As a reward for his work, Rangers have made Prud’homme director of all of their scouts in Quebec. He says he has recommended a couple of other young players to the Rangers, but with the new junior drafting rules, he declined to mention their names. He hasn’t given up his regular post with the City of Montreal just yet, but if these next two finds of his can come close to what Gilbert and Ratelle have become, the Rangers might just have to find a way to keep him working for them full time.
Soaring Habs Lead the Pack
As we begin the month of March, the Montreal Canadiens look to be the class of the NHL. Montreal now has 78 points, based on a 34-16-10 record, six points up on the second-place Chicago Black Hawks. The surprising New York Rangers and Boston Bruins are right behind Chicago, with 71 and 70 points. That leaves more established favourites like Toronto and Detroit on the outside looking in as we enter the season’s last month.
Philadelphia Flyers have led the Western Division for most of the season. As of today, their 26-25-9 record has them three points ahead of the Los Angeles Kings, who have 58. Minnesota is one point back of the Kings, with St. Louis holding the fourth and final playoff spot with 54 points. Pittsburgh Penguins still have playoff aspirations, trailing the Blues by only two. Only Oakland, with just 42 points, have any reason to have given up hope.
As teams head down the stretch, it’s now the time of the season to finalize rosters. Tomorrow night at midnight is the deadline for establishing rosters. Any players a team wants to call up from the minors, or bring in via trade must be on the roster by then.
In the past few years, this deadline has passed with little fanfare. The last significant trade made at this time of the year was the February 1964 deal between the Maple Leafs and New York Rangers that saw Andy Bathgate and Don McKenney move to Toronto in exchange for Bob Nevin, Dick Duff, Arnie Brown, Rod Seiling and Bill Collins.
That deal worked out in pretty much the way each team wanted. The acquisitions of Bathgate and McKenney enabled the Leafs to capture the 1964 Stanley Cup. In New York, Nevin, Brown and Seiling have all become integral parts of a club on the rise. It remains to be seen if such a deal is in the works this time around.
- Gale-force winds have ripped holes in the roof of the Spectrum arena in Philadelphia for the second time in two weeks. Philadelphia mayor James Tate personally inspected the roof of the building before ordering the facility closed indefinitely. Said Tate: “I have concluded that the Spectrum will be required to shut down until such time as the Property Department is satisfied it is safe. It is possible that the wind would lift up other sections of the covering and blow them away.”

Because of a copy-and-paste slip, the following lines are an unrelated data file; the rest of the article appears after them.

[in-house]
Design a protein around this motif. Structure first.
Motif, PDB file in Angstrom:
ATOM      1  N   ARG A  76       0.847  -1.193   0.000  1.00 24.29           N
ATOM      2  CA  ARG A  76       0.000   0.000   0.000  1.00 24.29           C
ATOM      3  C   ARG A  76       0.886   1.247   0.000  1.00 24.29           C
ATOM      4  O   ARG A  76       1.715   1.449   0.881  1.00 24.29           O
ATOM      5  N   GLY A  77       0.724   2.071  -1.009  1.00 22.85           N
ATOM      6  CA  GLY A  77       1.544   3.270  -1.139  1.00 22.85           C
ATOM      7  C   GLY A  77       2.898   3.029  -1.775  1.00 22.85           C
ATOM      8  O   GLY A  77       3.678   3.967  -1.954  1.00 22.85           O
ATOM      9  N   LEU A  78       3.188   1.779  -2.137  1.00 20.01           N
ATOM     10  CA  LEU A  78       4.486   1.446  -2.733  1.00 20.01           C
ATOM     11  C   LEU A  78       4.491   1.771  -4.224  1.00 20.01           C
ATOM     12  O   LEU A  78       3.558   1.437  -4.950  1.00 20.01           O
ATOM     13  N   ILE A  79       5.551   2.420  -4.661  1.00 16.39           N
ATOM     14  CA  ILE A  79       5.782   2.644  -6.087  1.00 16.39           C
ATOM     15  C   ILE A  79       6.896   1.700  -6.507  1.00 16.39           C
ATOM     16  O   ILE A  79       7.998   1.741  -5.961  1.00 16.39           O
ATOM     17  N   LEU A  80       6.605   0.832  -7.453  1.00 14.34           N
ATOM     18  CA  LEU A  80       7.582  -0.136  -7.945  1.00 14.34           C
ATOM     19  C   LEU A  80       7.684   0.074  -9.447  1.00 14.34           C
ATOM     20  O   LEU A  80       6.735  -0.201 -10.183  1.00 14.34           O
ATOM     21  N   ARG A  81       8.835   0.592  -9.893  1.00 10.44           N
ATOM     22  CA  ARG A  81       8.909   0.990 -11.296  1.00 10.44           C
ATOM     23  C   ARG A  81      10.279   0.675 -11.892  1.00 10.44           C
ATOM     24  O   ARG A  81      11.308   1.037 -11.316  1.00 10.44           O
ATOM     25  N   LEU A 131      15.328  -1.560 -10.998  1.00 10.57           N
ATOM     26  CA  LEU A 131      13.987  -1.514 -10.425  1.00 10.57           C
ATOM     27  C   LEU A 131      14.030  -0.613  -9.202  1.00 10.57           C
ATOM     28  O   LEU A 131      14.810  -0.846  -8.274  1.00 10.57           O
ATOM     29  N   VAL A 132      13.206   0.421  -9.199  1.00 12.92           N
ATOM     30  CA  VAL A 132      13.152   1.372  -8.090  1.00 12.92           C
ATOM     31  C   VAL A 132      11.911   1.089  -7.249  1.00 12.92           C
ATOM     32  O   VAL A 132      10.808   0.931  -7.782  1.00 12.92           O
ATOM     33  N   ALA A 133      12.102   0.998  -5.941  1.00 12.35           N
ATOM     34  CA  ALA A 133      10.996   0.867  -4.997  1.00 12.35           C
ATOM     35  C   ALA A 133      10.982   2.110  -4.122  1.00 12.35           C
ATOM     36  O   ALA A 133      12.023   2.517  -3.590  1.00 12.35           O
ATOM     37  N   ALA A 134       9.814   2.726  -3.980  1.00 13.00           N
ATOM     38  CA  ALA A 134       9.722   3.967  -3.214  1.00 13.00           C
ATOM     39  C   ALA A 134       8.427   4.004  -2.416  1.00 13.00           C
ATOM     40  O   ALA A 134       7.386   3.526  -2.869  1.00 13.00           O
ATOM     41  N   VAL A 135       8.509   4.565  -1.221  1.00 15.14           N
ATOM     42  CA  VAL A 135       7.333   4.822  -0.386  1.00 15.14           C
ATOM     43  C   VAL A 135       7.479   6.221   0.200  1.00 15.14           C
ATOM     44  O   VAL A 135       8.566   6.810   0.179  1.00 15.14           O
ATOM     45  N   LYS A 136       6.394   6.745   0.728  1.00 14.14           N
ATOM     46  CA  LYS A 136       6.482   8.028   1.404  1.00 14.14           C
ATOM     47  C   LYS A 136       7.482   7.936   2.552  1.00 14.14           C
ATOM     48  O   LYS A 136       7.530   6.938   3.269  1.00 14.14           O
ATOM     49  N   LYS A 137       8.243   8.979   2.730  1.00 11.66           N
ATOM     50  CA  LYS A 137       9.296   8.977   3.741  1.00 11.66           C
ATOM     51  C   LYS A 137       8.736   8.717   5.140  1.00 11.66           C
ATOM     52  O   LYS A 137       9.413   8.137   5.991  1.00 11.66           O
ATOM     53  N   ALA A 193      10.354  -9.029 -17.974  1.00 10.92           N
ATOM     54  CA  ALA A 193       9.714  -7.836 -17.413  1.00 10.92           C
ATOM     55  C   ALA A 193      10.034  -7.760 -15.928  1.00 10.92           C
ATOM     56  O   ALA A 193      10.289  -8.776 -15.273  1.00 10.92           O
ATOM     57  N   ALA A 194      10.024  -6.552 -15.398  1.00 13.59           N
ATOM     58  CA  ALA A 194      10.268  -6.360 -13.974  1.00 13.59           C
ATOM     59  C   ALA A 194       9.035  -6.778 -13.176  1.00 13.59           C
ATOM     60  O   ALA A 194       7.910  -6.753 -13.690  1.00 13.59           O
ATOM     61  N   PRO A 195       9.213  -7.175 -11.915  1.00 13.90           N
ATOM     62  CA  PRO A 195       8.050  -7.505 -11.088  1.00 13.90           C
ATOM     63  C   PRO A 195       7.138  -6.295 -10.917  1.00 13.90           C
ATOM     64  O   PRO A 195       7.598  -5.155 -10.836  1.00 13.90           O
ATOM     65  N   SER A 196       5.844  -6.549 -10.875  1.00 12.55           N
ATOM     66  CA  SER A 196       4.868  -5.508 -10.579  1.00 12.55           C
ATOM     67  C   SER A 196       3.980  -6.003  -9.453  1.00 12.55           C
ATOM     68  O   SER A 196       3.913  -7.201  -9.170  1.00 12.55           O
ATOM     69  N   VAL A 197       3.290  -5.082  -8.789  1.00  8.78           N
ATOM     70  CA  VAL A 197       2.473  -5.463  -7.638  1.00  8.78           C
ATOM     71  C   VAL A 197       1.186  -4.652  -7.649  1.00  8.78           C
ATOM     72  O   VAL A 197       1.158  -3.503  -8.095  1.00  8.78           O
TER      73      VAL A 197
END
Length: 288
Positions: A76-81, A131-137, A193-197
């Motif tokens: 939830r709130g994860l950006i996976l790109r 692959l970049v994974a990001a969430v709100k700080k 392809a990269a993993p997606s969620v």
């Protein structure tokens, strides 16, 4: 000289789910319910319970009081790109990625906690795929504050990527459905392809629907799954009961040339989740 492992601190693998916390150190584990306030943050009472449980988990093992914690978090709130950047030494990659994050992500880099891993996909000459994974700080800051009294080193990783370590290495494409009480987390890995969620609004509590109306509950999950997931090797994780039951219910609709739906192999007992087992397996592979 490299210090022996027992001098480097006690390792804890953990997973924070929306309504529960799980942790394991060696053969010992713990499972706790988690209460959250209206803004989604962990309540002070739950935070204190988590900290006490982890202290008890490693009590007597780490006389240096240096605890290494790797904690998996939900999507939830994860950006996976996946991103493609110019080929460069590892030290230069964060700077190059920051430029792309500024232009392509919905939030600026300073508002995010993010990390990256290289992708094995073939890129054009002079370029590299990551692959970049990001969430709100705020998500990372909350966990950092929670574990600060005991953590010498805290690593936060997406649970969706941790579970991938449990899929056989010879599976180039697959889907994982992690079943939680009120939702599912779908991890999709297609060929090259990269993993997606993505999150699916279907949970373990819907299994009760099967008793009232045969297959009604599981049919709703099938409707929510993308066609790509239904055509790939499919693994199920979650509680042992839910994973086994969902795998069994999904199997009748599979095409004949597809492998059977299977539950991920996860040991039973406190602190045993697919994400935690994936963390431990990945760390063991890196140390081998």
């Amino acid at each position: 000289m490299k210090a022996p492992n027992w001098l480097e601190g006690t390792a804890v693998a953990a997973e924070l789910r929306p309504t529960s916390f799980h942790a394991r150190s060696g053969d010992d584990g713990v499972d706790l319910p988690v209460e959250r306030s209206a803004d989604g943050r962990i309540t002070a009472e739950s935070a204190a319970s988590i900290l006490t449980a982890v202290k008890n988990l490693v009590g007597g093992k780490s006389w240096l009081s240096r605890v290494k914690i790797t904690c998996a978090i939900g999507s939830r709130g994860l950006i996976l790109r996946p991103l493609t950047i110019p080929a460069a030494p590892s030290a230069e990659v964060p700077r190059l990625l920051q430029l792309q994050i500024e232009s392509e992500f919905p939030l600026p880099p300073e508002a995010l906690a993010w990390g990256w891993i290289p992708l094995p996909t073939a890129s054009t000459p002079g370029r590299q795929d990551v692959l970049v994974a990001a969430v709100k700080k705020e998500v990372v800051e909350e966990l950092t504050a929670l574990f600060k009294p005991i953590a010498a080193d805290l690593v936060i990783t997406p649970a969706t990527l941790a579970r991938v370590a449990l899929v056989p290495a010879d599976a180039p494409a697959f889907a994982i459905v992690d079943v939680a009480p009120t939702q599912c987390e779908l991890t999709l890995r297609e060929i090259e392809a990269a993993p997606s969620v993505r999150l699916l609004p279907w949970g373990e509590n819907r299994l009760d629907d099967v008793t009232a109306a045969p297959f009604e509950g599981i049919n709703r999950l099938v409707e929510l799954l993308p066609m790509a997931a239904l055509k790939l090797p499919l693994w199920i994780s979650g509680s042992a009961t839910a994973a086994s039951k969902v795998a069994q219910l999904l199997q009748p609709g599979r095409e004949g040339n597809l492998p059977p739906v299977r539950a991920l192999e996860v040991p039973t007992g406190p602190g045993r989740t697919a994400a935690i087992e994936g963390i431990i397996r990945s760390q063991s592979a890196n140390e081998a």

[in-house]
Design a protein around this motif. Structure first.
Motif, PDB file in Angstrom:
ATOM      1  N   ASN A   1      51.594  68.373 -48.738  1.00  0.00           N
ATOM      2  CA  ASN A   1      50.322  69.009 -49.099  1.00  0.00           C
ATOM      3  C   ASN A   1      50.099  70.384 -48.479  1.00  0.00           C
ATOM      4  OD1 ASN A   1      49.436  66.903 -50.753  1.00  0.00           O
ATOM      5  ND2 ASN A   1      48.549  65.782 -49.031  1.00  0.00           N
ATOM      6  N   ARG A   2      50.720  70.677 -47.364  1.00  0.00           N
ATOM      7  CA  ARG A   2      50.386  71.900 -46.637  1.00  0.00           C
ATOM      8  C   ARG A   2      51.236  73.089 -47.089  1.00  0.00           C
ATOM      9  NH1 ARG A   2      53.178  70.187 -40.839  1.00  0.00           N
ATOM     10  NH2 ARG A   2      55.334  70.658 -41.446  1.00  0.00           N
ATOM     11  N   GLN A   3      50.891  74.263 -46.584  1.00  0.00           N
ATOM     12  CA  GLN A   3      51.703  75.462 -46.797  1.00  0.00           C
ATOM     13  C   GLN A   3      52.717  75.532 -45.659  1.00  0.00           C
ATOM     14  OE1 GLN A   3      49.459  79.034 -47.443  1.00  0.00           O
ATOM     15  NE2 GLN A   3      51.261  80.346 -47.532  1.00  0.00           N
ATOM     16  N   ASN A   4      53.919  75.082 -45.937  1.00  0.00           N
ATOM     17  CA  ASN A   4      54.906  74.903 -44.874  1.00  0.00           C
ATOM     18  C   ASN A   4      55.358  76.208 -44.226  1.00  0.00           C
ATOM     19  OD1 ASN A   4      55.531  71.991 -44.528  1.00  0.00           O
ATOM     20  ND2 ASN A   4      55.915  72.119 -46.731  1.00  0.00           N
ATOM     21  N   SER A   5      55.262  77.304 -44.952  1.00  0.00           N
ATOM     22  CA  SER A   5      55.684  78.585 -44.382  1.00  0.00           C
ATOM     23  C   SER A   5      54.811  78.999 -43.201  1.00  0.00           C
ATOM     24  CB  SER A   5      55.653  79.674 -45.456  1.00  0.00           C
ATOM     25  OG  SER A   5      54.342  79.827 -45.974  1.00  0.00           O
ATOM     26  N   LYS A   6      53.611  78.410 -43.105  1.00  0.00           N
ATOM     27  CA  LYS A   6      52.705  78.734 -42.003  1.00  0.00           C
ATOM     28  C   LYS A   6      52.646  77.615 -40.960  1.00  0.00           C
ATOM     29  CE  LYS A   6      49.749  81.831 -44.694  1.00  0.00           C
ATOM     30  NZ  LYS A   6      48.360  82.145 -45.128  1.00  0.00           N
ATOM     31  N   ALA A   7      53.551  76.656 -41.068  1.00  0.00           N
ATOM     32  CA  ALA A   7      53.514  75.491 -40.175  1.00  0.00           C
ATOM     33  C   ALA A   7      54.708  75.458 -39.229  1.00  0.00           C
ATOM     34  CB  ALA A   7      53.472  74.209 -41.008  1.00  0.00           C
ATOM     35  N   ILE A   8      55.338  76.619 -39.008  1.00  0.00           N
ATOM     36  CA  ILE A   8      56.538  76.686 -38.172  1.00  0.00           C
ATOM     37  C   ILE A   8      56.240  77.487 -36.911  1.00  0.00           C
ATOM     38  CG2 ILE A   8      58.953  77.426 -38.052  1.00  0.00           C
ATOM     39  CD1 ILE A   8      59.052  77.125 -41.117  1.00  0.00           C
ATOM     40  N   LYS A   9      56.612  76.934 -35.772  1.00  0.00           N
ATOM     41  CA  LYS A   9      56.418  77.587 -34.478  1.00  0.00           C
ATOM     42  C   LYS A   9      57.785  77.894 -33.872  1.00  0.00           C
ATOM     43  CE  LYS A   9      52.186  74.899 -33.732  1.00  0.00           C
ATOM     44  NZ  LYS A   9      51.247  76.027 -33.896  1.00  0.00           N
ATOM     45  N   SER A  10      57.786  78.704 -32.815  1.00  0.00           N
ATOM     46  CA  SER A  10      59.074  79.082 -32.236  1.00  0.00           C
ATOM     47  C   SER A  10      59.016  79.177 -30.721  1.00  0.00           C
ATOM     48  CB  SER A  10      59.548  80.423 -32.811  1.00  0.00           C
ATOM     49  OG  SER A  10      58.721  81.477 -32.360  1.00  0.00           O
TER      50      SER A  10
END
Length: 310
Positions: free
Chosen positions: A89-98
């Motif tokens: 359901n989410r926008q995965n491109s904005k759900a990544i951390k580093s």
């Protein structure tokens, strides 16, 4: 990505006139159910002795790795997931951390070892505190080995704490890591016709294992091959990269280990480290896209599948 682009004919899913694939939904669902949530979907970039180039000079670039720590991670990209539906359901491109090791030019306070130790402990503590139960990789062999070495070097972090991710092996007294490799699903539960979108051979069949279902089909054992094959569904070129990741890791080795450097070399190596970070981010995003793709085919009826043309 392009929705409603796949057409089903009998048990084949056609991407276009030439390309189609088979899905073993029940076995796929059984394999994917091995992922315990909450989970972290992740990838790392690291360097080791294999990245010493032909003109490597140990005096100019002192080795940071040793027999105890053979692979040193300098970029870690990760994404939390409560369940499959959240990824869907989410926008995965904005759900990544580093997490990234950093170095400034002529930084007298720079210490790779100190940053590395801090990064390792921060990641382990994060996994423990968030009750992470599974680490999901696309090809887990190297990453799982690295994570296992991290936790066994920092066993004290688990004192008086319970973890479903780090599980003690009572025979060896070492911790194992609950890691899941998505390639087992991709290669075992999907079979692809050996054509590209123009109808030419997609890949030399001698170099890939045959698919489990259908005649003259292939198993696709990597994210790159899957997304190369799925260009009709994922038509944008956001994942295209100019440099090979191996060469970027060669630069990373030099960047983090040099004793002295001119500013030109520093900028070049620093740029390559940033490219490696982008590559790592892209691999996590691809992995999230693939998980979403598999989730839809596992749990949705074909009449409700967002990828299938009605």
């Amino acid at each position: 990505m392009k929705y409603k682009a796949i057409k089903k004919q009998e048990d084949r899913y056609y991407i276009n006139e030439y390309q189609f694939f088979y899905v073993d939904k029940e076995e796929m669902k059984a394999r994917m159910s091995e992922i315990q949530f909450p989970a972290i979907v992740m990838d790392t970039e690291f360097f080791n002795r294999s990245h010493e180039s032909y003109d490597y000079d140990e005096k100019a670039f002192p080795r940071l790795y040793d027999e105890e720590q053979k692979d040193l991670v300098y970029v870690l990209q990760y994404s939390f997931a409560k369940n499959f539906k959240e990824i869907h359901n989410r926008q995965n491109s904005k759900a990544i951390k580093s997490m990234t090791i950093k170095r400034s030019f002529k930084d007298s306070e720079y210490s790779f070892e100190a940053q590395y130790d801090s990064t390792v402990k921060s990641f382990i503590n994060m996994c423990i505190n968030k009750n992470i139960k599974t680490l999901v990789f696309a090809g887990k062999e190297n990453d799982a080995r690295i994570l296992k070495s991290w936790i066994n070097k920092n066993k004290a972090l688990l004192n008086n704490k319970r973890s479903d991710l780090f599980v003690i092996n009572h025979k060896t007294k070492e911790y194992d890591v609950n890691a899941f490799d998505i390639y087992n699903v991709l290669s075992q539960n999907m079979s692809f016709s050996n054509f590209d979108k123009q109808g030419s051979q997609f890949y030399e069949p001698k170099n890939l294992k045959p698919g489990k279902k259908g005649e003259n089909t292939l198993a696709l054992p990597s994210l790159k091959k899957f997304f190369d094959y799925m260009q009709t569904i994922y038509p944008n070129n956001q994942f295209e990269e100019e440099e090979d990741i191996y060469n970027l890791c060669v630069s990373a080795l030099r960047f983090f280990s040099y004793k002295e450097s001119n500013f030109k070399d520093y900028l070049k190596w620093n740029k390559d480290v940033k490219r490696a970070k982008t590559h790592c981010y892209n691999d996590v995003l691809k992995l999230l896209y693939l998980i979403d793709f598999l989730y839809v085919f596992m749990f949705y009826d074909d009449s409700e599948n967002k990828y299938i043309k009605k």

- The closure forced the cancellation of a Philadelphia 76ers National Basketball Association game last night. The Philadelphia Flyers are scheduled to play at the Spectrum tomorrow afternoon in a nationally televised game against the Oakland Seals. There has been no word as of now as to where or when that game will be held.
- Toronto Maple Leafs general manager-coach Punch Imlach denies that his sale of 800 shares in Maple Leaf Gardens has anything to do with his club’s recent slump and slide out of a playoff position. The stock has fallen in recent days, closing at $29.50 yesterday, it’s lowest point this year. Imlach’s sale avoided the latest slide in the stock’s price. The Leafs coach did retain 200 shares in the company.
- Imlach’s move with the Gardens stock has resurrected rumours that he will leave the Toronto organization at the end of this season to head up the hockey operation of a prospective new Vancouver NHL franchise. He didn’t comment on that possibility.
- There are reports that Bobby Orr’s contract calls for a $50,000 bonus if the Boston Bruins win the Stanley Cup in either of his first two NHL seasons. Orr, who is recovering from knee surgery was asked to comment on the report, but didn’t shed a lot of light on the situation: “I really don’t know what’s in my contract. Honest. It would be nice if it was there, though.”
- Orr, by the way, is recovering nicely from that surgery on the left knee. Doctors have told him he will be given the okay to start skating again on March 11. Bruins hope to have him back by the Stanley Cup playoffs.
- The Canadian Amateur Hockey Association says that the home cities of the two Canadian national team squads will continue to be Winnipeg and Ottawa.
- Boston Bruins winger Tommy Williams has missed the past three games with a bruised kidney. Wayne Cashman was called up from Oklahoma City of the Central Professional Hockey League to replace Williams. He has played so well, the Bruins will be keeping him around for the rest of the season.